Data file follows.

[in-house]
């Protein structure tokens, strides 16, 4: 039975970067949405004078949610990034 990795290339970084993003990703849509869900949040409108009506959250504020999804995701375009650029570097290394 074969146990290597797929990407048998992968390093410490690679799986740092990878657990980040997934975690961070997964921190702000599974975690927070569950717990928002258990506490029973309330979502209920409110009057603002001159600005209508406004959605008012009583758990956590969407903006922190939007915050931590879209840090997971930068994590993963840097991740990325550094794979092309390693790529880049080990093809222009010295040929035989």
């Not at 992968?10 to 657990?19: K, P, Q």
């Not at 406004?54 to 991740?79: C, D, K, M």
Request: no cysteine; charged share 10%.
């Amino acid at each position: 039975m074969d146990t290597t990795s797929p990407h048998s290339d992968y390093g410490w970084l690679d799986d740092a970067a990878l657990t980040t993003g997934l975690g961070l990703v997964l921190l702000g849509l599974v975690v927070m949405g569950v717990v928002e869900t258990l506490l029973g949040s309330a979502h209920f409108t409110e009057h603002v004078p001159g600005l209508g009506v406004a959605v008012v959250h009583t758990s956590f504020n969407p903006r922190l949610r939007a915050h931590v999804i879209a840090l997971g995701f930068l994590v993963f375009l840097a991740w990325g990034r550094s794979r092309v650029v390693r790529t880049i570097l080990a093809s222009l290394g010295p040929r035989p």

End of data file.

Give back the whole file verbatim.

[in-house]
């Protein structure tokens, strides 16, 4: 039975970067949405004078949610990034 990795290339970084993003990703849509869900949040409108009506959250504020999804995701375009650029570097290394 074969146990290597797929990407048998992968390093410490690679799986740092990878657990980040997934975690961070997964921190702000599974975690927070569950717990928002258990506490029973309330979502209920409110009057603002001159600005209508406004959605008012009583758990956590969407903006922190939007915050931590879209840090997971930068994590993963840097991740990325550094794979092309390693790529880049080990093809222009010295040929035989």
């Not at 992968?10 to 657990?19: K, P, Q």
């Not at 406004?54 to 991740?79: C, D, K, M």
Request: no cysteine; charged share 10%.
């Amino acid at each position: 039975m074969d146990t290597t990795s797929p990407h048998s290339d992968y390093g410490w970084l690679d799986d740092a970067a990878l657990t980040t993003g997934l975690g961070l990703v997964l921190l702000g849509l599974v975690v927070m949405g569950v717990v928002e869900t258990l506490l029973g949040s309330a979502h209920f409108t409110e009057h603002v004078p001159g600005l209508g009506v406004a959605v008012v959250h009583t758990s956590f504020n969407p903006r922190l949610r939007a915050h931590v999804i879209a840090l997971g995701f930068l994590v993963f375009l840097a991740w990325g990034r550094s794979r092309v650029v390693r790529t880049i570097l080990a093809s222009l290394g010295p040929r035989p």